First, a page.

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1972 Triumph Triton Café Racer

1972 Triumph Triton Café Racer

Thursday, January 7th 2016 11am
Sold for US$ 8,970 (£6,154) inc. premium

Frame no. T110 69427
Engine no. XG42507
If there were a Hall of Fame for motorcycle frames, the Norton Featherbed would be a shoo-in. Known for its legendary handling with geometry so good it was copied for decades, the Featherbed also became a favorite of specials builders, who liked the wide-open engine bay. As here, it most often accommodated 650cc Triumph engines to make so-called ‘Tritons,’ but with some effort even the rangy 1000cc Vincent V twin could be persuaded into place to come up with a ‘Norvin’. Whatever the powerplant, top off the resulting chassis with an aluminum gas tank, monster front brake, alloy rims and premium rubber, and you had the ultimate café racer, an appealing mix of speed and style – in effect, the world’s first sportbike.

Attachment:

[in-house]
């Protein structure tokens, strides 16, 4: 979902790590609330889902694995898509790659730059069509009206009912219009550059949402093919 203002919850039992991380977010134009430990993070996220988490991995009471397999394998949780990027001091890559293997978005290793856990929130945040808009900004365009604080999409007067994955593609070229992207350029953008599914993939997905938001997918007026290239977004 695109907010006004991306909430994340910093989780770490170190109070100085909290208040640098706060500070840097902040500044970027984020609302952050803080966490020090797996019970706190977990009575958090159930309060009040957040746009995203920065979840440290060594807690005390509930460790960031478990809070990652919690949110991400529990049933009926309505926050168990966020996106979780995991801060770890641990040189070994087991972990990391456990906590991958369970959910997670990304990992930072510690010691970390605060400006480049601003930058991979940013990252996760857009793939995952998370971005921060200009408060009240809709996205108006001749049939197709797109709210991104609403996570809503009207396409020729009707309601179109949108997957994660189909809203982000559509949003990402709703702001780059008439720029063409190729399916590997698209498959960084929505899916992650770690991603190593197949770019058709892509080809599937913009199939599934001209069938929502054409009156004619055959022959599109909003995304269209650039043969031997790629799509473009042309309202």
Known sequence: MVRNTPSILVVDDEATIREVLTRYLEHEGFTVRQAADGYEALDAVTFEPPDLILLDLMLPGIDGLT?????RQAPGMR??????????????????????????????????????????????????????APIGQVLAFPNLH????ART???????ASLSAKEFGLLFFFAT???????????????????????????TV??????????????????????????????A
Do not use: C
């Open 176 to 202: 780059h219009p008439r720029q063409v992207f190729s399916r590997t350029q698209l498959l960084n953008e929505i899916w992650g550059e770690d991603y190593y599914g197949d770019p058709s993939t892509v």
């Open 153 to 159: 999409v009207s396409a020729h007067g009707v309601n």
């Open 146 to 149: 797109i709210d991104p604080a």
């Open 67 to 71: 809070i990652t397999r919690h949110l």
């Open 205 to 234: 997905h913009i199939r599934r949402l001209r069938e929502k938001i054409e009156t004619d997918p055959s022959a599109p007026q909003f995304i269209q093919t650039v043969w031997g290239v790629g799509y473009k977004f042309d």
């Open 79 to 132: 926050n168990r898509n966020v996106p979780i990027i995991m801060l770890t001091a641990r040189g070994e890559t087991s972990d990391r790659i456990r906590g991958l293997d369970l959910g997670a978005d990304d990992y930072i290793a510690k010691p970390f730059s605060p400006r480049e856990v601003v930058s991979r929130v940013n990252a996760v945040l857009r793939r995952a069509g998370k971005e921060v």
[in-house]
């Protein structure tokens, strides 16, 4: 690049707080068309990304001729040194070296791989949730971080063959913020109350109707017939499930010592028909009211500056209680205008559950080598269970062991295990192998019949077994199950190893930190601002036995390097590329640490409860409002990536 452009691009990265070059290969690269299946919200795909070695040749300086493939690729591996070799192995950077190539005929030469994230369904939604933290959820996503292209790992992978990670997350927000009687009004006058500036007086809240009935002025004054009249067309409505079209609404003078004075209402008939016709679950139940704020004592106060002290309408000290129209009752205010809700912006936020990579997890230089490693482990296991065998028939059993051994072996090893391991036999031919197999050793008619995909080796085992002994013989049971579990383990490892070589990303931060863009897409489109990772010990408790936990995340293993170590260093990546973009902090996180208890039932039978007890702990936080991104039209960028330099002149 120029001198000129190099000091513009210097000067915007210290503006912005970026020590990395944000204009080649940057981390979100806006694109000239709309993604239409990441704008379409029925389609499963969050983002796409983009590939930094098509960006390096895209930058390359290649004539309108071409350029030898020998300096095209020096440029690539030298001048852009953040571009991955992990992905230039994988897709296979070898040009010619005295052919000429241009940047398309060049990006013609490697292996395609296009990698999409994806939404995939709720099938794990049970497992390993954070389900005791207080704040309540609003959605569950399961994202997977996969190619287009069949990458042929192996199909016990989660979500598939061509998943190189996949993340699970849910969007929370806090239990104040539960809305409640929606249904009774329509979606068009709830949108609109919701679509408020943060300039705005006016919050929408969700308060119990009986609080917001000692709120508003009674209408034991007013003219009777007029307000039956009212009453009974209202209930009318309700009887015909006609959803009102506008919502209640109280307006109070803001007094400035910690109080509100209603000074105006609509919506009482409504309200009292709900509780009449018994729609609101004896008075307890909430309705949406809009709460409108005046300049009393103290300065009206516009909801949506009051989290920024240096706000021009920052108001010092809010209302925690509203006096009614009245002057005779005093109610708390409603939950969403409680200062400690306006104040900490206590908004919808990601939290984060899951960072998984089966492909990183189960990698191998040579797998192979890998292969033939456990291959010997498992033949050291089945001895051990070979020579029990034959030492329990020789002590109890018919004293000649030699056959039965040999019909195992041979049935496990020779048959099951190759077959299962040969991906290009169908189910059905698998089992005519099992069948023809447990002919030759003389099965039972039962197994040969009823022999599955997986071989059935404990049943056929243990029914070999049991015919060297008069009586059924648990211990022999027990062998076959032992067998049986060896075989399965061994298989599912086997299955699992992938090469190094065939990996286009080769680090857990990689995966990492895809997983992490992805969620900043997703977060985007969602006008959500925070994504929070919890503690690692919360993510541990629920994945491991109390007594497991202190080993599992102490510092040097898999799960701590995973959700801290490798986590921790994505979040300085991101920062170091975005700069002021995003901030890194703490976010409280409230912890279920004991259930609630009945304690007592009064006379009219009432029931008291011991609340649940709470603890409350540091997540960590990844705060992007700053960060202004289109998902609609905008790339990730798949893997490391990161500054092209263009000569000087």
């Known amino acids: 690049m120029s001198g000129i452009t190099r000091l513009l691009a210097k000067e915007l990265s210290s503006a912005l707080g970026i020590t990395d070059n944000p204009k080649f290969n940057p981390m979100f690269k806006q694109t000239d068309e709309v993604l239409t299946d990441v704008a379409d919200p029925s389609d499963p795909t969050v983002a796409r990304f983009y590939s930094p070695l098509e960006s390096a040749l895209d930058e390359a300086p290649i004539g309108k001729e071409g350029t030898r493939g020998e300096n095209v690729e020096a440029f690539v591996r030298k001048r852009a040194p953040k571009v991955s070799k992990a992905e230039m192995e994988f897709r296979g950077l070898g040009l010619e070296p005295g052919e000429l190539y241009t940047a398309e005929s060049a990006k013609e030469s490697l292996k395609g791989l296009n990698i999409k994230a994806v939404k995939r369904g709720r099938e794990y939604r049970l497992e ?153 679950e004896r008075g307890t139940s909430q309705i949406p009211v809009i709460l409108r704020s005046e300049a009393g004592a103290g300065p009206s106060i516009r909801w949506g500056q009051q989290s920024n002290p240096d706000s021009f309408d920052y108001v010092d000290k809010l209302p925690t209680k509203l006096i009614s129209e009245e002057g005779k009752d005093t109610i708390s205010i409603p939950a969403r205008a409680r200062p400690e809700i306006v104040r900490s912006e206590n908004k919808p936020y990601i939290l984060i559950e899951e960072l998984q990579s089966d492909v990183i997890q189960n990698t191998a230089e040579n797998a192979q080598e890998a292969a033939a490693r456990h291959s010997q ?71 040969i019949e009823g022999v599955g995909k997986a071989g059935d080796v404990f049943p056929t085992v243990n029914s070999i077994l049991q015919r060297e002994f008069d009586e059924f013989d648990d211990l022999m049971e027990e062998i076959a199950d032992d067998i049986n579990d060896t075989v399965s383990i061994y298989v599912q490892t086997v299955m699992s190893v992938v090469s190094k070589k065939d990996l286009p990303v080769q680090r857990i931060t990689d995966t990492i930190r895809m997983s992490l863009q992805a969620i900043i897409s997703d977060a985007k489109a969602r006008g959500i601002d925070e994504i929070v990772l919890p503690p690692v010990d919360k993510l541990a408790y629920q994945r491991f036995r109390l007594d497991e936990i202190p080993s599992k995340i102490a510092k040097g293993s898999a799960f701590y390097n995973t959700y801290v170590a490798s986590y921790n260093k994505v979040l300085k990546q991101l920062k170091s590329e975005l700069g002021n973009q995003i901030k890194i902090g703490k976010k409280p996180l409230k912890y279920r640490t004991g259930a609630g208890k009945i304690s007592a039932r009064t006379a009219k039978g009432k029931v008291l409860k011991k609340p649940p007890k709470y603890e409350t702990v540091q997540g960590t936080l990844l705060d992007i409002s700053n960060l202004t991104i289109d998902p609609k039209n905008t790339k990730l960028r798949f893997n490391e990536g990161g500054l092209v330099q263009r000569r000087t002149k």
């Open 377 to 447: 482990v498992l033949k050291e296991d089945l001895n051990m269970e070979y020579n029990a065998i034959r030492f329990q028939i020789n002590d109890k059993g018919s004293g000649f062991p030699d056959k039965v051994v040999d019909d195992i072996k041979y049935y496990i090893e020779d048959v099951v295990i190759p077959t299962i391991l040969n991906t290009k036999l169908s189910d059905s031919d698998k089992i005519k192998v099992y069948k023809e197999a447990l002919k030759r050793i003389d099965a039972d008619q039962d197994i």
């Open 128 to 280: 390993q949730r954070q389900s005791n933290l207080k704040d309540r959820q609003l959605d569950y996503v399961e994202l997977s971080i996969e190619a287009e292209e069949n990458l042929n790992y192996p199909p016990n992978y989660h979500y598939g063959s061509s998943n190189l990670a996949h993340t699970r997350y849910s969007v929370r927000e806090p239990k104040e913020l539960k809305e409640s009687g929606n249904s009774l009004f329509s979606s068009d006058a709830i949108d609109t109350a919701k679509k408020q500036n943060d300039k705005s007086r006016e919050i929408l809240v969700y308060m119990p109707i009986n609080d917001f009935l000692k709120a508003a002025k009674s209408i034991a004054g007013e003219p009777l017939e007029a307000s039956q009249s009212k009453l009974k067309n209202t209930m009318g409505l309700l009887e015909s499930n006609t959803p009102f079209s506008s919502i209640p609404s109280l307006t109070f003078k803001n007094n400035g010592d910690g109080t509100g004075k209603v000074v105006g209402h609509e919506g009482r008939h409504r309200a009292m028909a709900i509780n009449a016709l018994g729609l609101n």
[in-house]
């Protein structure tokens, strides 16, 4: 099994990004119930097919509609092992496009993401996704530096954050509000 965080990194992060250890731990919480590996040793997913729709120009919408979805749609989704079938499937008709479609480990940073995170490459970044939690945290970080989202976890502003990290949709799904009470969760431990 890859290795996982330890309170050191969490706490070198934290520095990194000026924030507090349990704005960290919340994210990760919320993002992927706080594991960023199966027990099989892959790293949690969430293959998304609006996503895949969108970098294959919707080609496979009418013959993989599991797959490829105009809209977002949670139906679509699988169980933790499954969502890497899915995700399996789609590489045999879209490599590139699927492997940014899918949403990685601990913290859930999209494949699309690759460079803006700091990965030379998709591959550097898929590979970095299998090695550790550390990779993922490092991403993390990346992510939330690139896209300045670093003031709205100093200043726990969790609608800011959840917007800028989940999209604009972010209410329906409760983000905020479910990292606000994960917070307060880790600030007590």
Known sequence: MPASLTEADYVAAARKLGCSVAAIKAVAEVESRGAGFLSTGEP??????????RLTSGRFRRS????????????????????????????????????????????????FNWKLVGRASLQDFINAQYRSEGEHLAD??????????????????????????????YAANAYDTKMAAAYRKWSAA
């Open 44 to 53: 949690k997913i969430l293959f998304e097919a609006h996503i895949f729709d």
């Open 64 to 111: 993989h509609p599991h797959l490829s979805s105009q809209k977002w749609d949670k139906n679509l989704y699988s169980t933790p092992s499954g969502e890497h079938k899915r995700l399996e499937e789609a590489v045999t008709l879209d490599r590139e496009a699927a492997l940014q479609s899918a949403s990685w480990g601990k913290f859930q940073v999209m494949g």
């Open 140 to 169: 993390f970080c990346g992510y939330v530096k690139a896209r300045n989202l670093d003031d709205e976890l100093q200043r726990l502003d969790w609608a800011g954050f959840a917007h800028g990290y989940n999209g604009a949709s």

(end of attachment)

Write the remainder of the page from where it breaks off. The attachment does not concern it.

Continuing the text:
This Triton follows the script to a T, from its shouldered Akront rims to its race-inspired aluminum ‘bread loaf’ fuel tank to is solo ‘bumstop’ seat. Clip-on handlebars, of course, while aftermarket Converta alloy mount plates properly locate the engine in the frame while also providing a secure place for the rearset footpegs. The current owner, a former roadracer and savvy mechanic, fabricated the front brake’s pop-riveted scoop, jutting forward to catch as much cooling air as possible.

He informs us that the engine, a rare Bonneville T120V five-speed from late in the 650’s production run, has not been breathed-on too heavily, the goal being tractable all-round performance rather than outright speed at the expense of real-world usability.

Posted by brizzle born and bred on 2015-12-26 11:14:49

Tagged: , Classic-British-Motorcycles , 1972 Triumph Triton Café Racer

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